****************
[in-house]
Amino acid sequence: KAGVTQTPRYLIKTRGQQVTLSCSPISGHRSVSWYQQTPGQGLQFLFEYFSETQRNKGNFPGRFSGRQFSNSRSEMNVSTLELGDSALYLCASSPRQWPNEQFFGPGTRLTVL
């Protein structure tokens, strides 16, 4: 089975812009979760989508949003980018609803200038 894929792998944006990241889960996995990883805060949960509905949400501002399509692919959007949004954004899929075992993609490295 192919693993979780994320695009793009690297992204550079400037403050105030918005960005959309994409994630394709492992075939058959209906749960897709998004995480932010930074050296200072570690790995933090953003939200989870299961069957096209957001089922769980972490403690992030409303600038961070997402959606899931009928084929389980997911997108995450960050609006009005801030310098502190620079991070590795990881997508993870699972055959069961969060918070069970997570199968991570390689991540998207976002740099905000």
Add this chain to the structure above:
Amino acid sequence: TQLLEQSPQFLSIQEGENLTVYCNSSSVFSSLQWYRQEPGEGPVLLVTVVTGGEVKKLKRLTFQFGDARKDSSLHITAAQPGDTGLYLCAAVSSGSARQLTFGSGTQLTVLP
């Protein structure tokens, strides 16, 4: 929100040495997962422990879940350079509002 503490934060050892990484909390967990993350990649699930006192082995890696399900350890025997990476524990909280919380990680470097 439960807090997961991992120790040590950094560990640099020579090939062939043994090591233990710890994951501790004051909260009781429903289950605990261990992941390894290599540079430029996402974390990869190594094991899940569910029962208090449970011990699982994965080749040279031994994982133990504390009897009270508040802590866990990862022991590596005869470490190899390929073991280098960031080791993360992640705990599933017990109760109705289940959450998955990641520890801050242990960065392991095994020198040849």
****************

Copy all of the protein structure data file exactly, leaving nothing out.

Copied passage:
[in-house]
Amino acid sequence: KAGVTQTPRYLIKTRGQQVTLSCSPISGHRSVSWYQQTPGQGLQFLFEYFSETQRNKGNFPGRFSGRQFSNSRSEMNVSTLELGDSALYLCASSPRQWPNEQFFGPGTRLTVL
């Protein structure tokens, strides 16, 4: 089975812009979760989508949003980018609803200038 894929792998944006990241889960996995990883805060949960509905949400501002399509692919959007949004954004899929075992993609490295 192919693993979780994320695009793009690297992204550079400037403050105030918005960005959309994409994630394709492992075939058959209906749960897709998004995480932010930074050296200072570690790995933090953003939200989870299961069957096209957001089922769980972490403690992030409303600038961070997402959606899931009928084929389980997911997108995450960050609006009005801030310098502190620079991070590795990881997508993870699972055959069961969060918070069970997570199968991570390689991540998207976002740099905000």
Add this chain to the structure above:
Amino acid sequence: TQLLEQSPQFLSIQEGENLTVYCNSSSVFSSLQWYRQEPGEGPVLLVTVVTGGEVKKLKRLTFQFGDARKDSSLHITAAQPGDTGLYLCAAVSSGSARQLTFGSGTQLTVLP
């Protein structure tokens, strides 16, 4: 929100040495997962422990879940350079509002 503490934060050892990484909390967990993350990649699930006192082995890696399900350890025997990476524990909280919380990680470097 439960807090997961991992120790040590950094560990640099020579090939062939043994090591233990710890994951501790004051909260009781429903289950605990261990992941390894290599540079430029996402974390990869190594094991899940569910029962208090449970011990699982994965080749040279031994994982133990504390009897009270508040802590866990990862022991590596005869470490190899390929073991280098960031080791993360992640705990599933017990109760109705289940959450998955990641520890801050242990960065392991095994020198040849």